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Exit, Stage Right

By David Michael Wharton     November 21, 2005

The cast of LOST.
Of all the mysteries that inhabit the island on LOST, perhaps none is as compelling as this: do these writers have a friggin' clue what they're doing or not?

The argument has been seething almost since the series premiere. The haters slam the show for stalling, accuse the writers of playing an elaborate shell game with the audience in order to disguise the fact that they're making it up as they go along. The apologists retort that Abrams, Lindelof, Cuse, and company have a master plan, but they'll only unspool it at the pace of their chosing. When we ended the first season with a much-hyped reveal that wound up being nothing more than a lingering shot of a ladder? That was planned. When the show's myriad maddening mysteries are back-burnered to make room for seemingly irrelevant flashback material? Part of the plan. When damn near nothing happens for several episodes in a row? You got it: plan.

Of course, nobody really knows. The wizards behind LOST's curtain haven't been above doublespeak and seeming contradiction when it comes to trying to throw viewers off the scent of the show's upcoming narrative direction. (Or, contrarywise, aren't above verbal tap-dancing so we don't notice that the Wizard is a wee little man with some fancy gadgets at his disposal.) It's impossible to guess how much of a plan, if any, the writers had at the beginning, or have developed since then.

Of course, it doesn't help when you read something like this.

Given how much effort the writers seem to go to to seed the "cursed numbers" throughout the show, it's more than a little disheartening to hear not only that the writers themselves may have no clue what those numbers mean, but that they may not even ever attempt to answer the questions they've raised. Which raises a further point: does it matter if LOST has a master plan?

There's no shortage of examples of what can happen when a show that makes its name on compelling mysteries and complex mythologies runs aground of the fact that the people at the helm didn't plan ahead and subsequently wrote themselves into a corner. TWIN PEAKS and X-FILES are two perfect examples. In the former, the writers never seemed to have given any thought to how to sustain the story past the revelation of Laura Palmer's killer; in the second, the writers seemed perpetually unable to settle on a cohesive truth that was supposed to be out there, resulting in a series that slowly spiraled deeper and deeper into incoherence and contradiction. Fans are already complaining that LOST is giving us too little, too slow, to inconsistently. If the writers truly don't have at least a rough plan for where the story is going, ABC's hit show could begin bleeding viewers sooner rather than later.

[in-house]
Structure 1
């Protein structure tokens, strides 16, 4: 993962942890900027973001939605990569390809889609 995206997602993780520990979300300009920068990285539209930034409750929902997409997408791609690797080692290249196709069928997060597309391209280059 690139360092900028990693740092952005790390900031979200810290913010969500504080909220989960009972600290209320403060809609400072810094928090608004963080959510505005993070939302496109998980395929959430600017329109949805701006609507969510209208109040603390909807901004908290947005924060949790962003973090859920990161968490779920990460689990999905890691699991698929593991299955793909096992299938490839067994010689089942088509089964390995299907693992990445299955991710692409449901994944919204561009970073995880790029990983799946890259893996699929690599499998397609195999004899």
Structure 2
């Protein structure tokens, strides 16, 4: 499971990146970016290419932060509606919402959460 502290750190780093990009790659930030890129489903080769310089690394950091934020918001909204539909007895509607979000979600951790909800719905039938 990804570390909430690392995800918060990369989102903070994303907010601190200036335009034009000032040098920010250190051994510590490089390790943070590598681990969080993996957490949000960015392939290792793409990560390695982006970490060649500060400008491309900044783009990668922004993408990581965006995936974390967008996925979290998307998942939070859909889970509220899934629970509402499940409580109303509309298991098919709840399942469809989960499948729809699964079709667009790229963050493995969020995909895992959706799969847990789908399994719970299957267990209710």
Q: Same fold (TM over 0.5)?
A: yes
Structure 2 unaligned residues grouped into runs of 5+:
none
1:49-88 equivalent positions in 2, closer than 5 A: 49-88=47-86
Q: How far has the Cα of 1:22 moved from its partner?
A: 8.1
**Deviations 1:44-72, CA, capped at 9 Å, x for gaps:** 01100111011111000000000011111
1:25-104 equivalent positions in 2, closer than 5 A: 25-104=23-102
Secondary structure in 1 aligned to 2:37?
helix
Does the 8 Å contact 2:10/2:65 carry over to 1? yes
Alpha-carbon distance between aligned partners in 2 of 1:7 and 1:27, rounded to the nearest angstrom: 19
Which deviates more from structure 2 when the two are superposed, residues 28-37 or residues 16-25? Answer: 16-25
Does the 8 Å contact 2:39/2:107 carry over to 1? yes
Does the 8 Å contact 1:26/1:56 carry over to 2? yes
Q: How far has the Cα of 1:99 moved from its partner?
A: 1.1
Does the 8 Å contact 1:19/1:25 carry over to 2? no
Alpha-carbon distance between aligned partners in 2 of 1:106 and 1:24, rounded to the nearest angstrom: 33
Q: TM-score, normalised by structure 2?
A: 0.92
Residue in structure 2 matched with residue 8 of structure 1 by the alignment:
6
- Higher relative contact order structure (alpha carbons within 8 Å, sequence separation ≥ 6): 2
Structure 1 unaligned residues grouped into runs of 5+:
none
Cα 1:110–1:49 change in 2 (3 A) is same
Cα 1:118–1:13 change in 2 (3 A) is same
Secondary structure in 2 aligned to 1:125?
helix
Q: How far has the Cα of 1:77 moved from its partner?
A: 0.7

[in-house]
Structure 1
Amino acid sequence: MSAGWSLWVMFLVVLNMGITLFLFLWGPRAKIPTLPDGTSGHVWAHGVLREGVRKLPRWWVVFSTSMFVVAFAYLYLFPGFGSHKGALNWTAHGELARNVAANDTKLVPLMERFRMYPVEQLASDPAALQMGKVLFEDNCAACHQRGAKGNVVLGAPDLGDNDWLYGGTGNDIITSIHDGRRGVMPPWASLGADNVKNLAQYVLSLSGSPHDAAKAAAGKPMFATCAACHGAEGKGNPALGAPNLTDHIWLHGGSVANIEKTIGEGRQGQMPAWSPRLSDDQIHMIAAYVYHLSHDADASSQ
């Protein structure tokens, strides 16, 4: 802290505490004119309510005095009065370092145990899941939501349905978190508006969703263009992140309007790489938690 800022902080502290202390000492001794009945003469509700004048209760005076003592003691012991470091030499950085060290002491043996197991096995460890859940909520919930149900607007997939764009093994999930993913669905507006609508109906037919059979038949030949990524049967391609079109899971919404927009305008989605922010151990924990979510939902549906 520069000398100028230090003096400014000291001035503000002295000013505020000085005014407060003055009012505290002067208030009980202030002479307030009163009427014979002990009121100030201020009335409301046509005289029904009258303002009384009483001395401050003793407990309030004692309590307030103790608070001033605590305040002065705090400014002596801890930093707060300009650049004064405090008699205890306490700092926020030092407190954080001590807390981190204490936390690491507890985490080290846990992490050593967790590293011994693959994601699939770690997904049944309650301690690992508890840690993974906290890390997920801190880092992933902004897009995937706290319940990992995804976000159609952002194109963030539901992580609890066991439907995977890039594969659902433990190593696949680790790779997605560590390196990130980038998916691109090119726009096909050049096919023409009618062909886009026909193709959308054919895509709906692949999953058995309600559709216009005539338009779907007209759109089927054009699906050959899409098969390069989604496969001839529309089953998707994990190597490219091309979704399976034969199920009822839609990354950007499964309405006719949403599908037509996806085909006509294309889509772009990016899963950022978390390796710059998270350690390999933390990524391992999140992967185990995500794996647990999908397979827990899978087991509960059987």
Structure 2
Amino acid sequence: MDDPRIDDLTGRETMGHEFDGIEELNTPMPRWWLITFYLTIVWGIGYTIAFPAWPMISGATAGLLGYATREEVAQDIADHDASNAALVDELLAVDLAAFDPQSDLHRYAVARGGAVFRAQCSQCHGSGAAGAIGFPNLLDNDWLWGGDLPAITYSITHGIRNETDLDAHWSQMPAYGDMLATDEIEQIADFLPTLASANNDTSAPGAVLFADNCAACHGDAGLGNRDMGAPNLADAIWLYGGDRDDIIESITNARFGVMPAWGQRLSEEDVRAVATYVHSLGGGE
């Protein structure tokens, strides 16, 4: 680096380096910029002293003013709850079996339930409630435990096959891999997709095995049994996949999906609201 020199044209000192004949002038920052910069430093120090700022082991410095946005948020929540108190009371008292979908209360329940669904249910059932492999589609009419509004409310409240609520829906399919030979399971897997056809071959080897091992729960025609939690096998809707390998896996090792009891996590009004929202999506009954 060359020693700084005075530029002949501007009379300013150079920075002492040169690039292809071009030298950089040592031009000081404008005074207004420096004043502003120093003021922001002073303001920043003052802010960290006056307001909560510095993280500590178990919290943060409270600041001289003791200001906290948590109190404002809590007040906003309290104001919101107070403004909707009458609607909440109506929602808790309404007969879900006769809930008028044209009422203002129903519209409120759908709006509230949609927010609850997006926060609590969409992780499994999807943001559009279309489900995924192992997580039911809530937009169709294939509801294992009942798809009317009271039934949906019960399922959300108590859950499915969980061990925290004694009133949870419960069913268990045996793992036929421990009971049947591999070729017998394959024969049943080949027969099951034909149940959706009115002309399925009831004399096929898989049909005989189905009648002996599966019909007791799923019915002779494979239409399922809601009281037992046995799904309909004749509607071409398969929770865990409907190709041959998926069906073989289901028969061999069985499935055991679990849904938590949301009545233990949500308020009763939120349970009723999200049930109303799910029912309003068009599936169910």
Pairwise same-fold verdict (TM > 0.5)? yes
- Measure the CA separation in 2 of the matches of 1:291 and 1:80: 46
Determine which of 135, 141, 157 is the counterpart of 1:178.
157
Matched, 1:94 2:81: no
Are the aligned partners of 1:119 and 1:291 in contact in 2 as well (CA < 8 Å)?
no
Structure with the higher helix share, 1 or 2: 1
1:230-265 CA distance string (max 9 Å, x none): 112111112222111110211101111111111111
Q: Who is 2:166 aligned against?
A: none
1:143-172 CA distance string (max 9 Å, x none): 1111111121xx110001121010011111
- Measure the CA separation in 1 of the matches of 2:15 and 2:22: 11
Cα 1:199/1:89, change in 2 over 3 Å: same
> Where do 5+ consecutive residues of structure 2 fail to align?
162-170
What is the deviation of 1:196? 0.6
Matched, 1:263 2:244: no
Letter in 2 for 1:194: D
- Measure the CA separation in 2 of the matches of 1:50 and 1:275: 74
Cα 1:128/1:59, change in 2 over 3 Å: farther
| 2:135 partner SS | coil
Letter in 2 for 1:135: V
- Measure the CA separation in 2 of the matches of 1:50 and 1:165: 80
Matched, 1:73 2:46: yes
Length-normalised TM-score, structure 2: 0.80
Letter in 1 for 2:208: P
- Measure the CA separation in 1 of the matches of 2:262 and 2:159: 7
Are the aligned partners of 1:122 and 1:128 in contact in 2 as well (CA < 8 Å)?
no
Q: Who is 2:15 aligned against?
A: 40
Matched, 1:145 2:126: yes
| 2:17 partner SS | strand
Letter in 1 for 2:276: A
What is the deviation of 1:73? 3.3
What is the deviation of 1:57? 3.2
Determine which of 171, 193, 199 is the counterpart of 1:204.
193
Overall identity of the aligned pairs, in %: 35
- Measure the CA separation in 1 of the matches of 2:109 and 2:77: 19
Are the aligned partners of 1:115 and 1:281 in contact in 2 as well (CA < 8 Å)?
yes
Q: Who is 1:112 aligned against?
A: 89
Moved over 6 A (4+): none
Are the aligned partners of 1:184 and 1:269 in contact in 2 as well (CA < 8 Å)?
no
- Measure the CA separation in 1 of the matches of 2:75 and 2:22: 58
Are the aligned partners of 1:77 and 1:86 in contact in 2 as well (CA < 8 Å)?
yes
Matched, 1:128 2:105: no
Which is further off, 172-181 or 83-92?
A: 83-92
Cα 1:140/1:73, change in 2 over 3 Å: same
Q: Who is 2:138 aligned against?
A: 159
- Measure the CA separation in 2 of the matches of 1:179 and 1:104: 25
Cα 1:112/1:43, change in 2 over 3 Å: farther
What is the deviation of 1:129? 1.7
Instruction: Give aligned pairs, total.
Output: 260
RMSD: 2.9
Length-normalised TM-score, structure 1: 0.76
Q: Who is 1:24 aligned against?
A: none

On the other hand, there are also shows that prove that the "make it up as you go" approach can work as well. 24's producers have readily admitted in several interviews that they typically only plan a few episodes ahead at a time. It's an approach that gives uneven fruits, as the adventures of Jack Bauer have had plenty of weak moments, but those have been outweighed by the fact that when it's good, it's really good, and it's really good a lot of the time.

For my money, I don't care whether there's a "five-year plan" for LOST. Not every show has to follow in the footsteps of BABYLON 5. But given the time I'm investing in the show, the time the fans are spending debating theories, posting speculations, and picking apart every bit of background minutia, is it too much to ask that the writers come up with something? Just some vague concept of where we're headed. Seriously, just stop what you're doing. Take a group trip out to the woods, where it's quiet, sit down, and come up with a plan. I don't care if it involves government experiments, alien abductions, or, God help me, even Patrick Duffy stepping out of the shower. But come up with something that at least loosely connects all these dots you've dumped on us over the past season and a half. I don't even care if it's that good a good plan. Just come up with one.


And come up with something good for the Numbers. I think you at least owe us that much.

* * * * *

My first TV Wasteland column was published here on Cinescape on October 18, 2004, a little over a year ago. Fifty-five columns, by my count, counting this one. And boy are my arms tired.